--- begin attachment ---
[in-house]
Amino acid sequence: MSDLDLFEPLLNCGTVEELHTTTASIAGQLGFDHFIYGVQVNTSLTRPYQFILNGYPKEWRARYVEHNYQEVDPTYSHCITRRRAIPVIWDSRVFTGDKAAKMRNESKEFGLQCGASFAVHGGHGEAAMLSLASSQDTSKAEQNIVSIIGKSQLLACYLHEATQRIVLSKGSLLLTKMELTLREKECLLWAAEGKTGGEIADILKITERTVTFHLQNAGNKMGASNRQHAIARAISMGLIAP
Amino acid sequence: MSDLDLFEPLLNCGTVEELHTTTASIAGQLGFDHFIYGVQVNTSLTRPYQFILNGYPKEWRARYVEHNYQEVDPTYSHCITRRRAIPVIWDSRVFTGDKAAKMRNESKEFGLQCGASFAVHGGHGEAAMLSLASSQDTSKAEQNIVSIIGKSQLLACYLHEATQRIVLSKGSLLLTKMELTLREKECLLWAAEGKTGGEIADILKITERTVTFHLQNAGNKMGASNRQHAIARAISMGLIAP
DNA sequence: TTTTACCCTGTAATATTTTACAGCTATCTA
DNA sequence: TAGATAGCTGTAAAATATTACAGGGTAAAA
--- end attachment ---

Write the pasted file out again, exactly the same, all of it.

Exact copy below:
[in-house]
Amino acid sequence: MSDLDLFEPLLNCGTVEELHTTTASIAGQLGFDHFIYGVQVNTSLTRPYQFILNGYPKEWRARYVEHNYQEVDPTYSHCITRRRAIPVIWDSRVFTGDKAAKMRNESKEFGLQCGASFAVHGGHGEAAMLSLASSQDTSKAEQNIVSIIGKSQLLACYLHEATQRIVLSKGSLLLTKMELTLREKECLLWAAEGKTGGEIADILKITERTVTFHLQNAGNKMGASNRQHAIARAISMGLIAP
Amino acid sequence: MSDLDLFEPLLNCGTVEELHTTTASIAGQLGFDHFIYGVQVNTSLTRPYQFILNGYPKEWRARYVEHNYQEVDPTYSHCITRRRAIPVIWDSRVFTGDKAAKMRNESKEFGLQCGASFAVHGGHGEAAMLSLASSQDTSKAEQNIVSIIGKSQLLACYLHEATQRIVLSKGSLLLTKMELTLREKECLLWAAEGKTGGEIADILKITERTVTFHLQNAGNKMGASNRQHAIARAISMGLIAP
DNA sequence: TTTTACCCTGTAATATTTTACAGCTATCTA
DNA sequence: TAGATAGCTGTAAAATATTACAGGGTAAAA